Skyway Investment Corporation v. Sol Tushman, et al


OPINION filed : the order of the district court is AFFIRMED, decision not for publication. R. Guy Cole , Jr., Raymond M. Kethledge, and Jane Branstetter Stranch (Authoring), Circuit Judges.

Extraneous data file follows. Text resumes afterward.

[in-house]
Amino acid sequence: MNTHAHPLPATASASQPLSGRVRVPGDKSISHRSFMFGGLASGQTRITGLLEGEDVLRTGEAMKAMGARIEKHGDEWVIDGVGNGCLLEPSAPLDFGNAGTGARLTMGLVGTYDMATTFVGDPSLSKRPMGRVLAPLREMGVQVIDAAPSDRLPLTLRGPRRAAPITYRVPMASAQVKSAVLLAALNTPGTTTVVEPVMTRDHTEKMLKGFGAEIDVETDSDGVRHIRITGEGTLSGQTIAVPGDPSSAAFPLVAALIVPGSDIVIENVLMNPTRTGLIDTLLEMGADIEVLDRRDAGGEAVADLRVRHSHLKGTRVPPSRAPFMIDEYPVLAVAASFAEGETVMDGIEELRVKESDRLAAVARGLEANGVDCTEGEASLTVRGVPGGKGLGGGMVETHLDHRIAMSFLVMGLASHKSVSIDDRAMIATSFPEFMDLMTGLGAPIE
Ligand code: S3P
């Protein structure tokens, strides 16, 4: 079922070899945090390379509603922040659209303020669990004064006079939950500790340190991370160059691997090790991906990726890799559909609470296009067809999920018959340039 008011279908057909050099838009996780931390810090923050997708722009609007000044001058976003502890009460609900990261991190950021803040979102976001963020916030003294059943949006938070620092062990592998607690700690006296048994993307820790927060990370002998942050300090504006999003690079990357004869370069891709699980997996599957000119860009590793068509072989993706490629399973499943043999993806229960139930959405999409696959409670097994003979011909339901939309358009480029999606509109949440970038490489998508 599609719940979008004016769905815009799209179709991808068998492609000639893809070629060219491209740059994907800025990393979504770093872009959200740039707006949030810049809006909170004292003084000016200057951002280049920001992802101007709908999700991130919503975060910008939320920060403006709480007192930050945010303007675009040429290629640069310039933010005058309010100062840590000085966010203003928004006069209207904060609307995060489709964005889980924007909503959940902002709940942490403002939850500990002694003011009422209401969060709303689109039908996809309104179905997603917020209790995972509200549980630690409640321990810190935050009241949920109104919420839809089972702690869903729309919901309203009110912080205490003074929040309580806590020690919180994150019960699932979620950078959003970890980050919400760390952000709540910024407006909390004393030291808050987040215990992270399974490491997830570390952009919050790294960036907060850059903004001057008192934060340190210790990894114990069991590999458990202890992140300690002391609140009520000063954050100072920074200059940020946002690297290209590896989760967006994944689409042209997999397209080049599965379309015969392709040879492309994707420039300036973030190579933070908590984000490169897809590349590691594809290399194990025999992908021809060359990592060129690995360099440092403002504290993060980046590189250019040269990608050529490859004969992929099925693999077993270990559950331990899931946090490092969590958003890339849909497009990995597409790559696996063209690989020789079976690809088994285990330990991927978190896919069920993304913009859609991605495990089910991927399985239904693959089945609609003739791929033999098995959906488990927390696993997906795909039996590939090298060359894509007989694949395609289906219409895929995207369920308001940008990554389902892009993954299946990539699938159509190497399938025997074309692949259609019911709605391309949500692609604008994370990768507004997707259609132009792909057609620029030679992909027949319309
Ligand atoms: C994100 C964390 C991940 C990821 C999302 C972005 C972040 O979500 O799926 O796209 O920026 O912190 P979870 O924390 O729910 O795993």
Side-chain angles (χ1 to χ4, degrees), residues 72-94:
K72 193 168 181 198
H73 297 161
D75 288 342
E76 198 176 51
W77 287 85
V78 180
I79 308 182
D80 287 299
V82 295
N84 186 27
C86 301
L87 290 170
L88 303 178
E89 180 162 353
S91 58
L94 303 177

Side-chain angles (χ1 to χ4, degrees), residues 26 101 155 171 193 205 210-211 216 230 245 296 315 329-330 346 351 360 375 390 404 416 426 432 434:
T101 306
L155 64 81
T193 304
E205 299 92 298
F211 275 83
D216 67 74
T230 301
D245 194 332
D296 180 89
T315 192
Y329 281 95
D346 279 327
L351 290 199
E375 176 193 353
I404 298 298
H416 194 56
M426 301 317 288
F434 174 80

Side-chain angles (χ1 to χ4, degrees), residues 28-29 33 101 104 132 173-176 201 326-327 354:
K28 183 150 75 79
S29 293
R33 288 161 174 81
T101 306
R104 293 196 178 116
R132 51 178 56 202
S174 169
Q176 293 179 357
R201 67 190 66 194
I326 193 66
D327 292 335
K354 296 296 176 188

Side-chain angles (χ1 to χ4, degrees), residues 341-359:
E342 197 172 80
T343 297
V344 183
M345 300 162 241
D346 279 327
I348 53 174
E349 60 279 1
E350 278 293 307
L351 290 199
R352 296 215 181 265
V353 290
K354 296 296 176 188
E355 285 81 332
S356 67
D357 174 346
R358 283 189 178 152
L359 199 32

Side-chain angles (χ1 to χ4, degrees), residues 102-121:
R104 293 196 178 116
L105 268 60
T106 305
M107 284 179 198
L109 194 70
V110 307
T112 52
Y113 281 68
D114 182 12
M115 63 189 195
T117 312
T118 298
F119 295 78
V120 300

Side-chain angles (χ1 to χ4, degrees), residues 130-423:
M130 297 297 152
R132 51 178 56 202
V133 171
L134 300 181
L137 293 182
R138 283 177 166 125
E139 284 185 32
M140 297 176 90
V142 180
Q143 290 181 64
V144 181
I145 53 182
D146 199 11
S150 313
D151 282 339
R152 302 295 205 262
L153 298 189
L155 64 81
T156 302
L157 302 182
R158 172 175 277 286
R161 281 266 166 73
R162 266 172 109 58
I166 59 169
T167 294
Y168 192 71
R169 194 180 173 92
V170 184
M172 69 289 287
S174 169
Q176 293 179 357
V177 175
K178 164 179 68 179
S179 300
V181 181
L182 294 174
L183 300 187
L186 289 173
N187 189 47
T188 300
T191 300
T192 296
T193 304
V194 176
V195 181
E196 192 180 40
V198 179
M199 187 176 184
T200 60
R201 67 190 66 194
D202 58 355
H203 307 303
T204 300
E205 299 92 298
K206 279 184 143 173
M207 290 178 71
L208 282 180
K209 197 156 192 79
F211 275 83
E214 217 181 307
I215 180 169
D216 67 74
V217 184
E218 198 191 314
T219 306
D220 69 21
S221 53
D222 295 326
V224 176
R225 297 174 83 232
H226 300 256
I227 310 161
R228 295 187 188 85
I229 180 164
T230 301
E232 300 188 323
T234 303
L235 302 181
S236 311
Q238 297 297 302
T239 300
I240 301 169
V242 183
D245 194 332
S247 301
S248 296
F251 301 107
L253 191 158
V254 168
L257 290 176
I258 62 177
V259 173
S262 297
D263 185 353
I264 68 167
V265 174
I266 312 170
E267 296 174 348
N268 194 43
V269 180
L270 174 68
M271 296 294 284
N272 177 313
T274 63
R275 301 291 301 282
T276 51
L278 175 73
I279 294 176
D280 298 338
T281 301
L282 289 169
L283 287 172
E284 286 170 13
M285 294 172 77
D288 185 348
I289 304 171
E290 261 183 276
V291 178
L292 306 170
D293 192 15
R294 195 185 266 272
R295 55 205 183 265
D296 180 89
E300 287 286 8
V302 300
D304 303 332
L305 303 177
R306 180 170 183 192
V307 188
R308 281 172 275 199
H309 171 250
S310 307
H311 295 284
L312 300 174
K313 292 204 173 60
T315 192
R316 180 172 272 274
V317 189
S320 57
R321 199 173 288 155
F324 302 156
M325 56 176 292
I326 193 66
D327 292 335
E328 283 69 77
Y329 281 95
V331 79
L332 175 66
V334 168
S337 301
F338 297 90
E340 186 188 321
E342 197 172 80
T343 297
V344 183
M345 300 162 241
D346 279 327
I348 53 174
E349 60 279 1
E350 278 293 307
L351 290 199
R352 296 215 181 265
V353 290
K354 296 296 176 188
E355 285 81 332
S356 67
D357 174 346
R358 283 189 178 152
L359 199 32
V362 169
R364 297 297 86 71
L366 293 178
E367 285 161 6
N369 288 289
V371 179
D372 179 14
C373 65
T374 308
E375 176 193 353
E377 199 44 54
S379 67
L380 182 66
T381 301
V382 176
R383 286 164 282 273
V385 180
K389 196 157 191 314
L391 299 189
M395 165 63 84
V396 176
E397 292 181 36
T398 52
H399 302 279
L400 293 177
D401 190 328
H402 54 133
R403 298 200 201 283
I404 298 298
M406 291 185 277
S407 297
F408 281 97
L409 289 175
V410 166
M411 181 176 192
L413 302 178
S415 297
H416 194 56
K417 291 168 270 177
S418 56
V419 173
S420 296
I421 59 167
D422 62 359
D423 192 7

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Case: 13-3127 Document: 006111819076 Filed: 09/16/2013 Page: 1 NOT RECOMMENDED FOR FULL-TEXT PUBLICATION File Name: 13a0832n.06 No. 13-3127 UNITED STATES COURT OF APPEALS FOR THE SIXTH CIRCUIT FILED SKYWAY INVESTMENT CORPORATION, Appellant, v. SOL TUSHMAN, et al., Appellees. Sep 16, 2013 DEBORAH S. HUNT, Clerk ) ) ) ) ON APPEAL FROM THE UNITED ) STATES DISTRICT COURT FOR THE ) NORTHERN DISTRICT OF OHIO ) ) OPINION ) ) Before: COLE, KETHLEDGE, and STRANCH, Circuit Judges. JANE B. STRANCH, Circuit Judge. This case presents another chapter in the saga of property sold by Marilyn Morris to Skyway Investment Corporation. Seeking to avoid its loss in state court, Skyway brought a claim under 42 U.S.C. § 1982 and § 1983 and now appeals the judgment of the district court dismissing the case for lack of subject-matter jurisdiction pursuant to the Rooker-Feldman doctrine. We AFFIRM. I. FACTS AND PROCEDURAL HISTORY Skyway Investment Corporation bought a piece of land from Marilyn Morris that was not Morris’s to sell. The plot, located in Ashtabula County, Ohio, has been “the subject of a protracted legal battle in both state and federal court, stretching back almost two decades.” Skyway Inv. Corp. v. Tushman, No. 1:12 CV 1112, 2013 WL 30106, at *1 (N.D. Ohio Jan. 2, 2013). Years earlier, -1- Case: 13-3127 Document: 006111819076 Filed: 09/16/2013 Page: 2 No. 13-3127 Skyway Investment Corporation v. Sol Tushman, et al. Morris had entered into a written settlement agreement agreeing to convey the property to John Poss in satisfaction of a judgment Poss had secured against her in the Ashtabula County Court of Common Pleas. See In re Morris, 260 F.3d 654, 657–58 (6th Cir. 2001). Although the conveyance was incorporated into the state court’s judgment, Morris was apparently loath to give the land to Poss. Poss was forced to return to the court of common pleas to force Morris to fulfill her end of the deal. See State ex rel. Skyway Inv. Corp. v. Ashtabula Cnty. Ct. of Common Pleas, 957 N.E.2d 24, 26 (Ohio 2011). Rather than honoring her commitment, Morris sold the property to Skyway before the court could rule. Moreover, “Skyway’s attorney knew of the previous litigation, but concluded that Skyway was a bona fide purchaser for value.” Id. Another round of litigation ensued and Poss’s right to the land was again vindicated. The court of common pleas appointed William B. Davies to execute a deed conveying the property to Poss and Sol Tushman to act as receiver in the meantime. Rather than appeal the trial court’s ruling, Skyway petitioned the Ohio Court of Appeals for extraordinary relief: a writ of prohibition to bar both the receivership and the conveyance and a writ of mandamus to compel the trial court to vacate its judgments and orders. Id. The court of appeals denied Skyway’s petition and the Ohio Supreme Court denied Skyway’s subsequent appeal. Id. at 26, 28. Foiled by the state courts, Skyway filed suit in the Northern District of Ohio alleging that Davies and Tushman would violate Skyway’s civil rights under 42 U.S.C. § 1982 and § 1983 by complying with the orders of the court of common pleas. The district court found that Skyway “is essentially asking the Court to review and modify, on constitutional grounds, the judgment of the state court” and dismissed the case for lack of subject-matter jurisdiction pursuant to the Rooker-2- Case: 13-3127 Document: 006111819076 Filed: 09/16/2013 Page: 3 No. 13-3127 Skyway Investment Corporation v. Sol Tushman, et al. Feldman doctrine, which precludes “lower federal courts . . . from exercising appellate jurisdiction over final state-court judgments.” Lance v. Dennis, 546 U.S. 459, 463 (2006). Skyway appealed. II. ANALYSIS Skyway argues that its suit rightly seeks to enjoin the law’s “minions” from their appointed tasks, but in focusing on the individuals to whom the state court entrusted completion of its decision, Skyway lost track of a more powerful kind of legal creature—the federal jurisdictional rule—and also lost track of the doctrines that serve the rule. To be sure, the Rooker-Feldman doctrine is relatively limited, being “confined to cases . . . brought by state-court losers complaining of injuries caused by state-court judgments rendered before the district court proceedings commenced and inviting district court review and rejection of those judgments.” Exxon Mobil Corp. v. Saudi Basic Indus. Corp., 544 U.S. 280, 284 (2005). The doctrine occupies a “narrow ground,” id., and has a “limited grasp,” In re Smith, 349 F. App’x 12, 18 (6th Cir. 2009). But it is this limited doctrine that serves to dispose of this protracted litigation. We begin with de novo review of the district court’s ruling. Marks v. Tennessee, 554 F.3d 619, 622 (6th Cir. 2009). What brought Skyway to Rooker-Feldman? It is “the losing party in state court,” having lost in the Ohio court of common pleas, court of appeals, and supreme court. Skinner v. Switzer, 131 S.Ct. 1289, 1297 (2011). And it invited the district court to “review and reject[]” those judgments, which were “rendered before the district court proceedings commenced.” Exxon Mobil Corp., 544 U.S. at 284. The remaining question is whether Skway’s injuries were “caused,” by the state-court judgment at issue. Id. “The pertinent inquiry . . . is whether the ‘source of the injury’ upon which [the] plaintiff bases his federal claim is the state court judgment, not simply whether the injury -3- Case: 13-3127 Document: 006111819076 Filed: 09/16/2013 Page: 4 No. 13-3127 Skyway Investment Corporation v. Sol Tushman, et al. complained of is ‘inextricably intertwined’ with the state-court judgment.” Kovacic v. Cuyahoga Cnty. Dep’t of Children and Family Servs., 606 F.3d 301, 309 (6th Cir. 2010) (quoting McCormick v. Braverman, 451 F.3d 382, 394 (6th Cir. 2006)). There are a number of escape routes, see Exxon Mobil Corp., 544 U.S. at 287–88 (providing examples where Rooker-Feldman was held inapplicable); Skyway availed itself of none. Skyway is not challenging the determinations made by a state administrative agency, Verizon Md. Inc. v. Pub. Serv. Comm’n of Md., 535 U.S. 635, 644 n.3 (2002), nor does it contest the validity of some underlying state statute or procedural rule, Skinner, 131 S.Ct at 1297–98. Nor has it presented some other kind of “independent claim, albeit one that denies a legal conclusion that [the] state court has reached.” Exxon Mobil Corp., 544 U.S. at 293 (quoting GASH Assocs. v Rosemont, 995 F.2d 726, 728 (7th Cir. 1993)). The source of Skyway’s alleged injury is the court of common pleas’s adverse judgment, nothing else. Skyway asked the federal district court to “review and reject[]” that judgment, nothing more. See id. at 284. The district court appropriately engaged Rooker-Feldman to police the boundary of federal subjectmatter jurisdiction and, finding this litigation beyond that boundary, properly dismissed the case. III. CONCLUSION This ruling should serve as the final chapter in the “tangled history,” Morris, 260 F.3d at 657, of this plot of land. For the foregoing reasons, we AFFIRM the order of the district court. It now falls to the court of common pleas to enforce its order and close the book on this matter. We hope it will be mindful of the effect that delay can have on justice. -4-